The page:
New Zealand Trade Balance (Jan)
Thailand GDP Growth (Q4)
Philippines Core CPI (Jan)
Germany Producer Prices (Jan)
Taiwan Export Orders (Jan)
Tuesday 22 Feb
US IHS Markit Flash PMI, Manufacturing & Services*
Germany Ifo Business Climate New (Feb)
United States Consumer Confidence (Feb)
Wednesday 23 Feb
Japan Market Holiday
Australia Wage Price Index (Q4)
New Zealand Cash Rate (23 Feb)
Thailand Customs-Based Trade Data (Jan)
Thailand Manufacturing Production (Jan)
Singapore Consumer Price Index (Jan)
Germany GfK Consumer Sentiment (Mar)
Taiwan Industrial Output (Jan)
Eurozone HICP (Jan, final)
Thursday 24 Feb
South Korea Bank of Korea Base Rate (Feb)
Taiwan GDP (Q4, revised)
United States GDP (Q4, 2nd estimate)
United States Initial Jobless Claims
United States New Home Sales (Jan)
Friday 25 Feb
Philippines Market Holiday
New Zealand Retail Sales (Q4)
United Kingdom GfK Consumer Confidence (Feb)
Singapore Manufacturing Output (Jan)
Germany GDP Detailed (Q4)
Germany Import Prices (Jan)
Eurozone Business Climate (Feb)
Eurozone Consumer Confidence (Feb, final)
United States Personal Income and Consumption (Jan)
United States Core PCE Price Index (Jan)
United States Durable Goods (Jan)
United States UoM Sentiment (Feb, final)
*Press releases of indices produced by IHS Markit and relevant sponsors can be found here.
What to watch
February IHS Markit flash PMIs
February's flash PMIs will be released across the US, UK, eurozone and APAC economies including Japan and Australia. January's figures told of slowing growth and persistent price pressures for the global economy. Amid the varying trajectory of the COVID-19 Omicron variant's spread across the different developed countries, February's PMI readings will keenly watched. Specifically, consumer services' performance will be observed after having been hard hit by the deterioration in COVID-19 conditions brought about by the spread of the more infectious variant. The trends with price pressures attributed to disruptions towards materials and staff will also be in focus, particularly given the focus on monetary policy tightening.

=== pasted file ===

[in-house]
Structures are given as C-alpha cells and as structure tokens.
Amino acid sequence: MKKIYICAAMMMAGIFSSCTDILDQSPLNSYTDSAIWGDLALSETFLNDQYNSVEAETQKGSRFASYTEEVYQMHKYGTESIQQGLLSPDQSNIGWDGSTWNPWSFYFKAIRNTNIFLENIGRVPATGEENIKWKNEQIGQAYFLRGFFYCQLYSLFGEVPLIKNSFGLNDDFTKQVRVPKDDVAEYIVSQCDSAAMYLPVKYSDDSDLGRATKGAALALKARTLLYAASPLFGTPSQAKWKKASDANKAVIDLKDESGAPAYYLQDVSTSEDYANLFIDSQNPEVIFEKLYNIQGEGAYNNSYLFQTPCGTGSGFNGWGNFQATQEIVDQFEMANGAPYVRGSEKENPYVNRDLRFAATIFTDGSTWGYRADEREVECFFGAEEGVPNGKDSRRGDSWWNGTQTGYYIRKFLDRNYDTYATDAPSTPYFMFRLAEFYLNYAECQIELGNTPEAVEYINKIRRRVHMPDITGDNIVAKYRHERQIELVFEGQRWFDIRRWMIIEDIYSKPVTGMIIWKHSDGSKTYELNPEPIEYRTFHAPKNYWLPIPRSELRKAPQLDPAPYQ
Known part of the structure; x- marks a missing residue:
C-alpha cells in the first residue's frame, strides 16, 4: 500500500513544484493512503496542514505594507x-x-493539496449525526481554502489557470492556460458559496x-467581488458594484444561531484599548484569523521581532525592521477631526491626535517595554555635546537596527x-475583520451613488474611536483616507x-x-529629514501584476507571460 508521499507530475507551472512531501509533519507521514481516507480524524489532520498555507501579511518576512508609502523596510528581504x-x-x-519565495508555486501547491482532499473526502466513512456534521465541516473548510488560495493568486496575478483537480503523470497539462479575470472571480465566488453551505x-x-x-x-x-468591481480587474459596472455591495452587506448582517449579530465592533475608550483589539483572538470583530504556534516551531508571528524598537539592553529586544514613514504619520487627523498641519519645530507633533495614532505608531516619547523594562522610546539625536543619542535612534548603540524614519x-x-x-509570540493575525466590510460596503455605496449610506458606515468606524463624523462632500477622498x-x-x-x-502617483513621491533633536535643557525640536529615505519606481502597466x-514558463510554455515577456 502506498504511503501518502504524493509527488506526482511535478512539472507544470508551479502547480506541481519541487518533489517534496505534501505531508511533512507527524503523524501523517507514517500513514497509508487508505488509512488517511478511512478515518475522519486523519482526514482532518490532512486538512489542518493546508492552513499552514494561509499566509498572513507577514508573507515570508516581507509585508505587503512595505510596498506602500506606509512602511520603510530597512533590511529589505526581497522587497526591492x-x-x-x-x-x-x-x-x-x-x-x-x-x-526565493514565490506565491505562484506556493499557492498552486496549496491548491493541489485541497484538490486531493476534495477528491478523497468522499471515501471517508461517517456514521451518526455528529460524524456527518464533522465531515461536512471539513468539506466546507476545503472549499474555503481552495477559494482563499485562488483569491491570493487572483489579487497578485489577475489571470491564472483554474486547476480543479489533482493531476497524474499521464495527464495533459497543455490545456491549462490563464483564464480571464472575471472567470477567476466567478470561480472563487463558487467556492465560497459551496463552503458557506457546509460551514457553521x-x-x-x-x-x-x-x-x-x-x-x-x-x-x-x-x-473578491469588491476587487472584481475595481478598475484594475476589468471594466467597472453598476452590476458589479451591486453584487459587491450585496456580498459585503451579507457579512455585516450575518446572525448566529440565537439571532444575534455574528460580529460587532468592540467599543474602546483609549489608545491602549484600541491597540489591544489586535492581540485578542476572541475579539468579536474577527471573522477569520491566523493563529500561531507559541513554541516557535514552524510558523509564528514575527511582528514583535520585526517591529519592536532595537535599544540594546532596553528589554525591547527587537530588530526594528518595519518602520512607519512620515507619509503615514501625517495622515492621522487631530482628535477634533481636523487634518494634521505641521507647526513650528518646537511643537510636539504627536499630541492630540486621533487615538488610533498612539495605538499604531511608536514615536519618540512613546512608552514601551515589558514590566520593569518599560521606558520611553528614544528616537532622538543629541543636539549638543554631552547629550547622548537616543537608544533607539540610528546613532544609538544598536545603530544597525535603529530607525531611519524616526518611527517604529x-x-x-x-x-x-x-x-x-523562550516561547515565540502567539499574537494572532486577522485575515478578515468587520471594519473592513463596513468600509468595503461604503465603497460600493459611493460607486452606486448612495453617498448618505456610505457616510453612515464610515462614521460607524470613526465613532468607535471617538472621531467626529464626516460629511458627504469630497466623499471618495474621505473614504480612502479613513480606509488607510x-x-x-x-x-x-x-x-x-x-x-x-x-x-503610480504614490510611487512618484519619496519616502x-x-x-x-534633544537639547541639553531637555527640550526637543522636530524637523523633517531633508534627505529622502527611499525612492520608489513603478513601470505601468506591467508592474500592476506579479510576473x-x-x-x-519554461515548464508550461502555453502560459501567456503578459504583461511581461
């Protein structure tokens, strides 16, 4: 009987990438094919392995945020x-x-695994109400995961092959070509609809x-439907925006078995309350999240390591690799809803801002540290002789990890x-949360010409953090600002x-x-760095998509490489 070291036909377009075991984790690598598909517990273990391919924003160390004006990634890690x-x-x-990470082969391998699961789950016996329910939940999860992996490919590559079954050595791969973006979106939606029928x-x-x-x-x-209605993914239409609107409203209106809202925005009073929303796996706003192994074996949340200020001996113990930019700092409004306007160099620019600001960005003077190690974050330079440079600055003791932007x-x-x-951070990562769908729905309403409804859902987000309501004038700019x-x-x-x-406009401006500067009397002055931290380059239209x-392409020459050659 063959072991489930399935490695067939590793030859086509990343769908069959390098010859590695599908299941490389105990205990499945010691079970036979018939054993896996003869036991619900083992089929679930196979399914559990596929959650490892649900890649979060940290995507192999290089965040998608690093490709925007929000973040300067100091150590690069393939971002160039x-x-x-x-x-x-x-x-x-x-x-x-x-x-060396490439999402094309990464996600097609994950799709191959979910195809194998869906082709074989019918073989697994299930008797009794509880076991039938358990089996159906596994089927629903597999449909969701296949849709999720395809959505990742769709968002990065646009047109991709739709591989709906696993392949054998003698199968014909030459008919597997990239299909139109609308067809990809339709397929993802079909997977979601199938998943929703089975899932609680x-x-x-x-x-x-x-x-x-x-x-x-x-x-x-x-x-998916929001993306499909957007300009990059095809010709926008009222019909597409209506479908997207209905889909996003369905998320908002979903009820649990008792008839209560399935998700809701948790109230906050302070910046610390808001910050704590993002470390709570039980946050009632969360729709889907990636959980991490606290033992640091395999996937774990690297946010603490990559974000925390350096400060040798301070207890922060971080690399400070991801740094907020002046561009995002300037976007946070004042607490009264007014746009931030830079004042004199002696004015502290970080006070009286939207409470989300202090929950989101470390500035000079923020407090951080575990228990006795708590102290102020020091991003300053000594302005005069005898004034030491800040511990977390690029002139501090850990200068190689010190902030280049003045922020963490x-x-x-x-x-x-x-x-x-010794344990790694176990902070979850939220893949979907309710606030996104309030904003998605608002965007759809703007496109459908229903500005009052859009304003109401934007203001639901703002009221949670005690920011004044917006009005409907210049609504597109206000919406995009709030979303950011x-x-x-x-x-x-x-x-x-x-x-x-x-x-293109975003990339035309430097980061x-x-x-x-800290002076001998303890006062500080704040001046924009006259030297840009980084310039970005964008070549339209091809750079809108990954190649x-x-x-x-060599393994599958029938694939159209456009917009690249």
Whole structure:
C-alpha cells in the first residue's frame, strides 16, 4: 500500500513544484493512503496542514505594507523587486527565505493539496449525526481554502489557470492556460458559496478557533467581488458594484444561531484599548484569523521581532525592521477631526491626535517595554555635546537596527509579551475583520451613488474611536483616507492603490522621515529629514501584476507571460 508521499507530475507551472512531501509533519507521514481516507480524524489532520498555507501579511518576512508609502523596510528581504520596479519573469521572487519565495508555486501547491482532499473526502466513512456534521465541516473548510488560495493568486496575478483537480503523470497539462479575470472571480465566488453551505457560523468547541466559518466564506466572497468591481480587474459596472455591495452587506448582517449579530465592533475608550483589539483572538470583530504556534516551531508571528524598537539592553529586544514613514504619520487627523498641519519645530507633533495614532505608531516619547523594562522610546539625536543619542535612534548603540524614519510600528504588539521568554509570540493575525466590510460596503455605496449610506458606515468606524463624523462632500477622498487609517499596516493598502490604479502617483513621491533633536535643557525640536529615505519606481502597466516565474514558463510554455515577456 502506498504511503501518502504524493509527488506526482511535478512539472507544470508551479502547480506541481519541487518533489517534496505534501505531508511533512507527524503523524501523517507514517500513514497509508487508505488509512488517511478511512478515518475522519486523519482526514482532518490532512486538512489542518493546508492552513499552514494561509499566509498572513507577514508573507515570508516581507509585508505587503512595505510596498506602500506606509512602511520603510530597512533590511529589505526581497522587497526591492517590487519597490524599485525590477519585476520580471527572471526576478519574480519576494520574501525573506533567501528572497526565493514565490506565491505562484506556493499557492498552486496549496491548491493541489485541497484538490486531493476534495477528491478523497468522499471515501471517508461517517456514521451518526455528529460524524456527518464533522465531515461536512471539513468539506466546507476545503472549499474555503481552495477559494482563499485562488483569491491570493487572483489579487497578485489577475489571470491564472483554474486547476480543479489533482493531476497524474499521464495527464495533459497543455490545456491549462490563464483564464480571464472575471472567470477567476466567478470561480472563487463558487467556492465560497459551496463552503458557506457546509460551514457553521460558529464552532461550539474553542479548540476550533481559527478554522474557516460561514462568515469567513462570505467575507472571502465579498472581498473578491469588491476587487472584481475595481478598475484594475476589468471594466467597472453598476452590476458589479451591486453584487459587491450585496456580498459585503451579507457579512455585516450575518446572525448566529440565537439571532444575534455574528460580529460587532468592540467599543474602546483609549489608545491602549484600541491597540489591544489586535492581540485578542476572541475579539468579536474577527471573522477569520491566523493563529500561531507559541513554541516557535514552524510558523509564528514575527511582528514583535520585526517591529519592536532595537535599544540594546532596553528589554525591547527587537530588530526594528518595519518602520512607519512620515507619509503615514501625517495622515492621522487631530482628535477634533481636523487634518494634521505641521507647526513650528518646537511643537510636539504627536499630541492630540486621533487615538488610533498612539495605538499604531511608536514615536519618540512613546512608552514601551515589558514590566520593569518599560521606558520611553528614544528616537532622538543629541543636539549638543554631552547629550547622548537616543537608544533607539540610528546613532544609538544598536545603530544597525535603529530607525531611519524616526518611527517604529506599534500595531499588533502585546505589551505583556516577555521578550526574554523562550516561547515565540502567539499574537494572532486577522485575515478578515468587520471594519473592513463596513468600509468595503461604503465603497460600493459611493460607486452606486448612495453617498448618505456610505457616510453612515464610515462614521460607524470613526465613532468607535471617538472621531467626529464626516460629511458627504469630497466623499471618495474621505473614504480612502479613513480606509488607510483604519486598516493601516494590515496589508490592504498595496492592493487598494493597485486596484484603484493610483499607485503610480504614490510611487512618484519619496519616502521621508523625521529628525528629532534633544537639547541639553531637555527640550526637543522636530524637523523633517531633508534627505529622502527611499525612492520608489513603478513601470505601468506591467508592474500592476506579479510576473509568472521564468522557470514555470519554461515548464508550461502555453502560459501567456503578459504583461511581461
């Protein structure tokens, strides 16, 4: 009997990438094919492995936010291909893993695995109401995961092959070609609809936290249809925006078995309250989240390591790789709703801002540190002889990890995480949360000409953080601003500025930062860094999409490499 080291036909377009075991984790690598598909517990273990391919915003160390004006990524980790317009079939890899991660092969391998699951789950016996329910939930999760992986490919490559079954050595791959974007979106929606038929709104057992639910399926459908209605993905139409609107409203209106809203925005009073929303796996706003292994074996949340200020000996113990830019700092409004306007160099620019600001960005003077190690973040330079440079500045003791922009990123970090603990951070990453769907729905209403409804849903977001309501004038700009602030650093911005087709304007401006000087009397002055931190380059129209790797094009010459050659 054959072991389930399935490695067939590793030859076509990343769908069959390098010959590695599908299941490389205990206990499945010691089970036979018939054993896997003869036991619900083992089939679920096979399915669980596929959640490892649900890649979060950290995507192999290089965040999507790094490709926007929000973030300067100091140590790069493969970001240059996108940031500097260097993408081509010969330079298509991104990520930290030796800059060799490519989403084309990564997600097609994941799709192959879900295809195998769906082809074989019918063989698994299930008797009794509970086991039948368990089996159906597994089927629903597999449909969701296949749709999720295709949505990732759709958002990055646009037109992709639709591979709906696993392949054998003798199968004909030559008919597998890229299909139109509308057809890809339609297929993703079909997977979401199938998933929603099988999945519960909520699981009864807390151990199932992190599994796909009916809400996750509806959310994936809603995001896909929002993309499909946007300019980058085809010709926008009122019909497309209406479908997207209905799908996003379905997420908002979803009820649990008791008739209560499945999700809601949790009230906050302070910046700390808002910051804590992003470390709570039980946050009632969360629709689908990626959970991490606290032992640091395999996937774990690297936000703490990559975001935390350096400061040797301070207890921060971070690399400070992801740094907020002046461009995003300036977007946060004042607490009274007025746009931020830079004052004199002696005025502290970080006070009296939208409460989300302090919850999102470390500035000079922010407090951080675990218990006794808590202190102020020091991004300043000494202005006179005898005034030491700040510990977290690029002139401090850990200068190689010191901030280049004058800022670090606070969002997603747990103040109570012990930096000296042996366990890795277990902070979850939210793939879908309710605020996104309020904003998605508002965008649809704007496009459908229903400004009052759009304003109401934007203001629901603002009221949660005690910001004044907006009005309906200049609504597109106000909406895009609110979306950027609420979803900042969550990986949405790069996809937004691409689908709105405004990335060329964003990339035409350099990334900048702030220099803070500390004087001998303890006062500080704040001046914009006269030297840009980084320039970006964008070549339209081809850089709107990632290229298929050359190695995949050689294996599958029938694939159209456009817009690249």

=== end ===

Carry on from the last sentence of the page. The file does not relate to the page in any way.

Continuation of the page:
North America: US Q4 GDP (2nd estimate), consumer confidence, core PCE readings
A holiday-shortened week ahead for the US finds the release of the second Q4 GDP estimate, January core PCE and February consumer confidence data. While a slight upward revision for Q4 GDP is expected, the attention may well be on the January core PCE reading following a 40-year high CPI update. February consumer confidence is meanwhile expected to soften, according to consensus. Also watch out for US durable goods orders and new homes sales.
Europe: Eurozone HICP, consumer confidence, German Q4 GDP, Ifo business climate
Final January HICP is expected out of the eurozone alongside February consumer confidence data. Meanwhile Germany releases detailed Q4 GDP data, producer price numbers and February's Ifo business climate readings.
Asia-Pacific: RBNZ, BoK meetings, Taiwan and Thailand Q4 GDP
The Reserve Bank of New Zealand and Bank of Korea meet in the coming week with the RBNZ expected to hike another 25 basis points amid a tightening labour market situation.
UK Wages Rise Amid Tightest Labour Market for Decades, but Surveys Hint at Pay Pressures Peaking Soon - Chris Williamson
South Korean Economy Boosted by Strong Exports - Rajiv Biswas
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Purchasing Managers' Index™ (PMI™) data are compiled by IHS Markit for more than 40 economies worldwide. The monthly data are derived from surveys of senior executives at private sector companies, and are available only via subscription. The PMI dataset features a headline number, which indicates the overall health of an economy, and sub-indices, which provide insights into other key economic drivers such as GDP, inflation, exports, capacity utilization, employment and inventories. The PMI data are used by financial and corporate professionals to better understand where economies and markets are headed, and to uncover opportunities.